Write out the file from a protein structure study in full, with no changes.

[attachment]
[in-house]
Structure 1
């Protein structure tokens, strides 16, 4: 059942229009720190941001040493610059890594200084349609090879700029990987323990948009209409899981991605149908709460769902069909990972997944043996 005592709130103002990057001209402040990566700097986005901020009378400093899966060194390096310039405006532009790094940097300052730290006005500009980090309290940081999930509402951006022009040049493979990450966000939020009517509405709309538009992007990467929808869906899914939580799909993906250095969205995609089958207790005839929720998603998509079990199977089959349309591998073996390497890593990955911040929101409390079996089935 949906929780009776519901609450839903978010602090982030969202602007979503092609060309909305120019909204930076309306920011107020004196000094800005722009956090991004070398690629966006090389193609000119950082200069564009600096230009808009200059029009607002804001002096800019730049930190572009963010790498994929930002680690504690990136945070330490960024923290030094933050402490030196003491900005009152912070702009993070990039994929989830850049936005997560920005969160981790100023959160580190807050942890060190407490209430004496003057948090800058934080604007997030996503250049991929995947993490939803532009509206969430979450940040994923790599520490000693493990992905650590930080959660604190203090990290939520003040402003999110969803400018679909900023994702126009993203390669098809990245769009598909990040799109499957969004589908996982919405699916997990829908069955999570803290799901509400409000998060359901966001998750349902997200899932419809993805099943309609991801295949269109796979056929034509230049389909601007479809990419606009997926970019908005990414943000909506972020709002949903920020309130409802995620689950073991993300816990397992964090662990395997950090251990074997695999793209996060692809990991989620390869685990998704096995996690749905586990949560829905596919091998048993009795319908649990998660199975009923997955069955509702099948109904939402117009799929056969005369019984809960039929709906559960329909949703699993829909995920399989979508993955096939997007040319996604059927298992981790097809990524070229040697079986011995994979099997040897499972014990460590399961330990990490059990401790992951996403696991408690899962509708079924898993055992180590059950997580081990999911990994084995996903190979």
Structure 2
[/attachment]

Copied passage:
[in-house]
Structure 1
């Protein structure tokens, strides 16, 4: 059942229009720190941001040493610059890594200084349609090879700029990987323990948009209409899981991605149908709460769902069909990972997944043996 005592709130103002990057001209402040990566700097986005901020009378400093899966060194390096310039405006532009790094940097300052730290006005500009980090309290940081999930509402951006022009040049493979990450966000939020009517509405709309538009992007990467929808869906899914939580799909993906250095969205995609089958207790005839929720998603998509079990199977089959349309591998073996390497890593990955911040929101409390079996089935 949906929780009776519901609450839903978010602090982030969202602007979503092609060309909305120019909204930076309306920011107020004196000094800005722009956090991004070398690629966006090389193609000119950082200069564009600096230009808009200059029009607002804001002096800019730049930190572009963010790498994929930002680690504690990136945070330490960024923290030094933050402490030196003491900005009152912070702009993070990039994929989830850049936005997560920005969160981790100023959160580190807050942890060190407490209430004496003057948090800058934080604007997030996503250049991929995947993490939803532009509206969430979450940040994923790599520490000693493990992905650590930080959660604190203090990290939520003040402003999110969803400018679909900023994702126009993203390669098809990245769009598909990040799109499957969004589908996982919405699916997990829908069955999570803290799901509400409000998060359901966001998750349902997200899932419809993805099943309609991801295949269109796979056929034509230049389909601007479809990419606009997926970019908005990414943000909506972020709002949903920020309130409802995620689950073991993300816990397992964090662990395997950090251990074997695999793209996060692809990991989620390869685990998704096995996690749905586990949560829905596919091998048993009795319908649990998660199975009923997955069955509702099948109904939402117009799929056969005369019984809960039929709906559960329909949703699993829909995920399989979508993955096939997007040319996604059927298992981790097809990524070229040697079986011995994979099997040897499972014990460590399961330990990490059990401790992951996403696991408690899962509708079924898993055992180590059950997580081990999911990994084995996903190979």
Structure 2